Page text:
On Tuesday, Kenya’s President Uhuru Kenyatta made his second-last State of the Nation address to the two Houses of Parliament.
The president used the occasion to review his administration’s achievements over the last nine years. The scorecard highlighted achievements in a number of areas. He said that he had built more roads than the previous four administrations including the colonial government combined. He highlighted the completion of the standard gauge railway.
On healthcare, he said that numerous hospitals had been built and bed capacity increased many times over during his tenure. He spoke of classrooms and schools built in record time. Power connected to more people than ever before. As a result of these development efforts, Kenya, he said, had doubled its GDP and the country had become the sixth wealthiest in Africa, having moved up from twelfth position in 2013, when he took office.
I have no reason to doubt this scorecard. There was, however, a glaring omission in the president’s speech which I would like to discuss so that we can have a more balanced assessment of his achievements. Every major corruption measure has rated President Kenyatta’s first five years as the most corrupt in the history of Kenya. The theft had no pretensions to sophistication like the Goldenberg and Anglo-leasing heists under Daniel Moi and Mwai Kibaki. It was the slash and grab kind — crude, blatant and pathologically callous.
Containers would be styled mobile clinics and the well-connected scam artists paid billions of shillings in record time. There was a resurgence of grabbing of public property captured in horrendous fashion by the tear-gassing of the school children of Lang’ata Primary School when they protested the stealing of their school field by a high-ranking government official. Theft became so normalised that a government official could say publicly that money lost in relation to another heist was a mere ksh7 billion ($62 million). Nothing to be concerned about, he said.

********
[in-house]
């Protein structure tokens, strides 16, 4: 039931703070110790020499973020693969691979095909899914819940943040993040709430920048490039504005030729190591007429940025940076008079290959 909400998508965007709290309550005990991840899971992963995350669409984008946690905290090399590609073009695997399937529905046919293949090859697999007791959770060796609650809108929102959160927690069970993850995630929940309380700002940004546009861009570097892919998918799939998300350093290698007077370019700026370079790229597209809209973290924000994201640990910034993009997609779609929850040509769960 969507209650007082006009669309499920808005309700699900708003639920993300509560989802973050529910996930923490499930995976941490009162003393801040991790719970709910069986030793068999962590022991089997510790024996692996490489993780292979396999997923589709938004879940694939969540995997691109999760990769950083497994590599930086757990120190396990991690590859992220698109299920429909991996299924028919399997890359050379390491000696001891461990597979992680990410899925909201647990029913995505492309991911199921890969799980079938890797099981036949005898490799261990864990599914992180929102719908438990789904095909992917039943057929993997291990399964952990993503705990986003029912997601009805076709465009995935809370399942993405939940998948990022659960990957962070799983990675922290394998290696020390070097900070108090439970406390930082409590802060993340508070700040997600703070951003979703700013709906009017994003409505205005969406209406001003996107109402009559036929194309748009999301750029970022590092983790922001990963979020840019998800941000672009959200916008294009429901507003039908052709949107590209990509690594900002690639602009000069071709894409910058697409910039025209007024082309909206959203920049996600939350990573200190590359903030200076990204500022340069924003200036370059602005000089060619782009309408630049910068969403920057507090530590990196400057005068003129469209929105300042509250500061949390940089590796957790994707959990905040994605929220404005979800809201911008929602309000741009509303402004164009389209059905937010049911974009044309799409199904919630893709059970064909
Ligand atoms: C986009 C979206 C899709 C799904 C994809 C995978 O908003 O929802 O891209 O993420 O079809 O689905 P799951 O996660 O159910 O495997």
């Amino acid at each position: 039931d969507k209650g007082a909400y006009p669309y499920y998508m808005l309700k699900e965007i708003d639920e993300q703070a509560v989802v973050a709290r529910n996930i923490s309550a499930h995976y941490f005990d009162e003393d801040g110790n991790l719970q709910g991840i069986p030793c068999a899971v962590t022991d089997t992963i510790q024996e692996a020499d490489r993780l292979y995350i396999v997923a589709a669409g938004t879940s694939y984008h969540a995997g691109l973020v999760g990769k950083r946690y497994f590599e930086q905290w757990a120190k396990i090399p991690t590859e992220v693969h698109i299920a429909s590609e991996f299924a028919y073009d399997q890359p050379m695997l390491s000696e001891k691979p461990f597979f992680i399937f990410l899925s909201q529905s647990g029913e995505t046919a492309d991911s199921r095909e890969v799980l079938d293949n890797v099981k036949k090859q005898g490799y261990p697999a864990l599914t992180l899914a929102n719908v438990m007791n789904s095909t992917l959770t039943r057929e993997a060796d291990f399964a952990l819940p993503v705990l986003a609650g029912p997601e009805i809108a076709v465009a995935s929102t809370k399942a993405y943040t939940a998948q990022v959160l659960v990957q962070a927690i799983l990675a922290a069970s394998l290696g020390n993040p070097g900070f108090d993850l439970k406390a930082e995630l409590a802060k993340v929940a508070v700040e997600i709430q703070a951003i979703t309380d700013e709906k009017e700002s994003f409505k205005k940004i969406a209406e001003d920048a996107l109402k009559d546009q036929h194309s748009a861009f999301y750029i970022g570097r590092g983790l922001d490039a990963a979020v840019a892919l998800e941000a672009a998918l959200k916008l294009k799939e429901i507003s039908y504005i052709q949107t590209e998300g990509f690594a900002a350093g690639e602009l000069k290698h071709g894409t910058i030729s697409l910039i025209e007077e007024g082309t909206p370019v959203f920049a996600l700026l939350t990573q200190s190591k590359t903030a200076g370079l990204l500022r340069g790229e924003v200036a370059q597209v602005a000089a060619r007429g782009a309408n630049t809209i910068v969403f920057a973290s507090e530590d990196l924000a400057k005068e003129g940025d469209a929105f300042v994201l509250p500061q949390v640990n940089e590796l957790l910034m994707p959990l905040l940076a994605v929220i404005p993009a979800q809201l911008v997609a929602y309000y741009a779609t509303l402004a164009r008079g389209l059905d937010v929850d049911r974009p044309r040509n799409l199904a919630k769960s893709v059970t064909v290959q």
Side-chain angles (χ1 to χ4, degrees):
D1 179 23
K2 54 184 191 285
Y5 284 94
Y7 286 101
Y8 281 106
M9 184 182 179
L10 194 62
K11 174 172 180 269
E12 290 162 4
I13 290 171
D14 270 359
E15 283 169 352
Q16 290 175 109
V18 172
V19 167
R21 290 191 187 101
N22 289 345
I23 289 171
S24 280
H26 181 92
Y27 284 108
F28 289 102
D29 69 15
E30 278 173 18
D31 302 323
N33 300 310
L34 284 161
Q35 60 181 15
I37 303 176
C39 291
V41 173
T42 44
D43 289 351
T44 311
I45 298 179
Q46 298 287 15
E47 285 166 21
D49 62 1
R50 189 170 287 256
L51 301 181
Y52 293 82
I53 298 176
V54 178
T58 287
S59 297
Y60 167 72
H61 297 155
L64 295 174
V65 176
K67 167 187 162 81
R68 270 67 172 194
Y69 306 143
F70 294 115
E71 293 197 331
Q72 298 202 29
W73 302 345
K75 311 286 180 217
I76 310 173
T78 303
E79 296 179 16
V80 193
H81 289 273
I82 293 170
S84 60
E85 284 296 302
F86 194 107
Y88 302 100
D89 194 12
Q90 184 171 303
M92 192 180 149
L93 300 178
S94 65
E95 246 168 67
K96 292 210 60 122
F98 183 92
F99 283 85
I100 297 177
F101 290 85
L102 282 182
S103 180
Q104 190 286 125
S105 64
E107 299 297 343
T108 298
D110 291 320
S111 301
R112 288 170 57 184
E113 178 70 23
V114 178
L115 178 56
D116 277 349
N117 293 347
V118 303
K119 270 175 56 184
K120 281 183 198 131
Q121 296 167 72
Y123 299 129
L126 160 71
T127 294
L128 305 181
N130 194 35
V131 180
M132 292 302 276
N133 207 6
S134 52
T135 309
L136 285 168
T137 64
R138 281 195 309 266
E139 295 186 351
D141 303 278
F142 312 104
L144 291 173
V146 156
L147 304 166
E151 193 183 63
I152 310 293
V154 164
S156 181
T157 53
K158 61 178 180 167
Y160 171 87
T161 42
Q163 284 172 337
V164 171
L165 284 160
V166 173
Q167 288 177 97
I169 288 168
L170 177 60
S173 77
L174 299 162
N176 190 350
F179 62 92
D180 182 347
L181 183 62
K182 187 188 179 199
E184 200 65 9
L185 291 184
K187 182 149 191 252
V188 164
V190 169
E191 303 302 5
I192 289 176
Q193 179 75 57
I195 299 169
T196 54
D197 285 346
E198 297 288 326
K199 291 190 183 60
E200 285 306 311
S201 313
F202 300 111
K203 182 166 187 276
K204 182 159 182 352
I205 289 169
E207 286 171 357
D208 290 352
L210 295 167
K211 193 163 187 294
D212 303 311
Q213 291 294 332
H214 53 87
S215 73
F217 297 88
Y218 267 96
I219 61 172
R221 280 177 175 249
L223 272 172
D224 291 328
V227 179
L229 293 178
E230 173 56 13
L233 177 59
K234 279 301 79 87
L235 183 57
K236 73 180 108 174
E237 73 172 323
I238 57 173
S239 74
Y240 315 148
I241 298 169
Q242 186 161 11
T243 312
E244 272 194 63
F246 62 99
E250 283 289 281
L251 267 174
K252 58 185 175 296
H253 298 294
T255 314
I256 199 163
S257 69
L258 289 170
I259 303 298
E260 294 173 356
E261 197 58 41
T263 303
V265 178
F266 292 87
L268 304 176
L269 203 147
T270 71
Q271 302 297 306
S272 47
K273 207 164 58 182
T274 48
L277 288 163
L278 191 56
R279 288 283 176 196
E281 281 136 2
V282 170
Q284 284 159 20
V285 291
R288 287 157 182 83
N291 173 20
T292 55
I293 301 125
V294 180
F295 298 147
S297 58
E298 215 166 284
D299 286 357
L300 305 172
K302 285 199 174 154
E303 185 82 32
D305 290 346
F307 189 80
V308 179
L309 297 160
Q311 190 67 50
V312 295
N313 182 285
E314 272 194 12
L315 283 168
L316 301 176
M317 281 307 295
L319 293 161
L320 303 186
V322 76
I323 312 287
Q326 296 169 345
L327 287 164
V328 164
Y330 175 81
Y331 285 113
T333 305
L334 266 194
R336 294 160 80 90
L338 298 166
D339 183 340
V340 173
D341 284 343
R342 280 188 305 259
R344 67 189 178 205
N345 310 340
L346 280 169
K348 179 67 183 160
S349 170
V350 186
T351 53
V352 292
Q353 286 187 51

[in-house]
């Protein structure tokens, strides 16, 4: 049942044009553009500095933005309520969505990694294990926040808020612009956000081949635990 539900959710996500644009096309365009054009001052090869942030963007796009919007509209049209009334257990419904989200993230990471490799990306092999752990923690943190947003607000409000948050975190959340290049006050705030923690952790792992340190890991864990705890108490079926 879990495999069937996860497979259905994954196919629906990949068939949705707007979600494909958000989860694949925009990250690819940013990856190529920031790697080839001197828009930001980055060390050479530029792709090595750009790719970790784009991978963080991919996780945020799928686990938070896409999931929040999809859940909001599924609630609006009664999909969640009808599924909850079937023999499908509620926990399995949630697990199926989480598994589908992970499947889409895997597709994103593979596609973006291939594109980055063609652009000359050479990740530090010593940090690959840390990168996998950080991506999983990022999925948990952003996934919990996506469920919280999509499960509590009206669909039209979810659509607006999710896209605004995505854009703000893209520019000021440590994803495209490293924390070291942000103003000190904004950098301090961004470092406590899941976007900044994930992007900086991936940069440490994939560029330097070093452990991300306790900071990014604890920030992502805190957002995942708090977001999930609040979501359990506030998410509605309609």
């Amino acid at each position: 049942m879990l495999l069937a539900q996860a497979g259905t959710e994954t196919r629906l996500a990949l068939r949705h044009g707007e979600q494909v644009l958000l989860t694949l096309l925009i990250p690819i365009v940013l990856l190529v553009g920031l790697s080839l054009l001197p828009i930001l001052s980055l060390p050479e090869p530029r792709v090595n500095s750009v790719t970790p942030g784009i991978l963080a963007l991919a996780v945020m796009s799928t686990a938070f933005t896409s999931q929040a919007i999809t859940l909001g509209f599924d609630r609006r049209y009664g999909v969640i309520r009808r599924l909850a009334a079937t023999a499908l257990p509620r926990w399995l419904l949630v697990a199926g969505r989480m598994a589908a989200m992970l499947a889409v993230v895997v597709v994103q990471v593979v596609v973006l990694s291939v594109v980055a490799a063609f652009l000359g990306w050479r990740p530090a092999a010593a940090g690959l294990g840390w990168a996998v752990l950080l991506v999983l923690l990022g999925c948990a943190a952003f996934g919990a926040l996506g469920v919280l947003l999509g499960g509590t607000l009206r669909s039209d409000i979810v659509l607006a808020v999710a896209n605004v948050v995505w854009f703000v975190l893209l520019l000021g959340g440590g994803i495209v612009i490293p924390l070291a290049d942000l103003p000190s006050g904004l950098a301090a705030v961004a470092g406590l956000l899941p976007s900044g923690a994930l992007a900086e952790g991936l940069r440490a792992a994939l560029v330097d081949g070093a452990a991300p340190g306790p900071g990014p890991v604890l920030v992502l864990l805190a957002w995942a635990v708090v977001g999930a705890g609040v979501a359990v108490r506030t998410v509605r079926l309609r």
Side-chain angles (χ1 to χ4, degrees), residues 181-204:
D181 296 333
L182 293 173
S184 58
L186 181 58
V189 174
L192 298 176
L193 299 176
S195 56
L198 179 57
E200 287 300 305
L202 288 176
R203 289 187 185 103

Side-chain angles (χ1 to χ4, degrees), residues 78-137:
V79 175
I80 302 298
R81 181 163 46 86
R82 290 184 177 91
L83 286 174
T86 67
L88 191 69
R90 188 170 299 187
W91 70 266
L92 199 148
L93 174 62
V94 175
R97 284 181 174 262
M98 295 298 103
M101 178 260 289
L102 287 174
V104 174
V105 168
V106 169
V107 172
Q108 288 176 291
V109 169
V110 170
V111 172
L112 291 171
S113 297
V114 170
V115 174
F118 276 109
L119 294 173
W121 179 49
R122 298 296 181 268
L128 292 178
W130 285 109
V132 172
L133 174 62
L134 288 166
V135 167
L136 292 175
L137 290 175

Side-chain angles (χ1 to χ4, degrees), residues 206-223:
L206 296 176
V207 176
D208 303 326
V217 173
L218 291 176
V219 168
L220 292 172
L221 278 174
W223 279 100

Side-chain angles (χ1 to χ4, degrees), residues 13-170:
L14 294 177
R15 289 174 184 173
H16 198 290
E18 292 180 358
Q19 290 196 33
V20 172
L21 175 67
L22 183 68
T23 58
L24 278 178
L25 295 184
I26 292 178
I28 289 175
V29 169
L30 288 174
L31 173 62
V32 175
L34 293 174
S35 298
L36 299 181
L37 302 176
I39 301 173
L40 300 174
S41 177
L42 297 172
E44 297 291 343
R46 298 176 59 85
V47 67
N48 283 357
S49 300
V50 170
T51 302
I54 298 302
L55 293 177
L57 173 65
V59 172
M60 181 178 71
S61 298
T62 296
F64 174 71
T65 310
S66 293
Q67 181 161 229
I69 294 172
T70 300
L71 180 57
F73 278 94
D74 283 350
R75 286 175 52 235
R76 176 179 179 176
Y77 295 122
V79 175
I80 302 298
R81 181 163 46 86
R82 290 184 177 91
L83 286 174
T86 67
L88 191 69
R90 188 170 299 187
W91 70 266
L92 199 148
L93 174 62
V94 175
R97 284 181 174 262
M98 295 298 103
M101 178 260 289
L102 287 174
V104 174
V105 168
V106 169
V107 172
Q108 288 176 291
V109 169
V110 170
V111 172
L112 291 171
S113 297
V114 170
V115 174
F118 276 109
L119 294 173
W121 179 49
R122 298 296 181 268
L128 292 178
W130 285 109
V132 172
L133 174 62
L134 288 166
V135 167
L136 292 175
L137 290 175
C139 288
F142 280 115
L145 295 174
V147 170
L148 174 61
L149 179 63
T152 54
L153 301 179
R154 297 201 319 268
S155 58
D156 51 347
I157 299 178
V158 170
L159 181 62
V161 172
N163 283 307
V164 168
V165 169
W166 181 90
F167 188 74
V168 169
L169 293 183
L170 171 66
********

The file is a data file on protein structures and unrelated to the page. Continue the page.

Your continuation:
The devolved units, too, hopped on to the gravy train. One county administration bought ballpoint pens for Ksh8,000 ($71) each and wheelbarrows at Ksh100,000 ($888) apiece. Governors and county officials became instant millionaires. An article compiled from the Auditor-General’s report indicated that in the first six years of the Jubilee administration, “a staggering Ksh4.2 trillion ($37.3 billion) was either lost, not spent well or not accounted for”.
In his speech, President Kenyatta made an important observation. He said the Asian Tigers achieved what had taken Europe 200 years in a single generation. They did this through rapid and strategic interventions. Mr Kenyatta forgot to add another factor: Zero-tolerance for corruption.
How would the president’s scorecard have looked like had he done two things from the onset of his administration: Crack down on thievery and lethargy in his administration?
Tee Ngugi is a Nairobi-based political commentator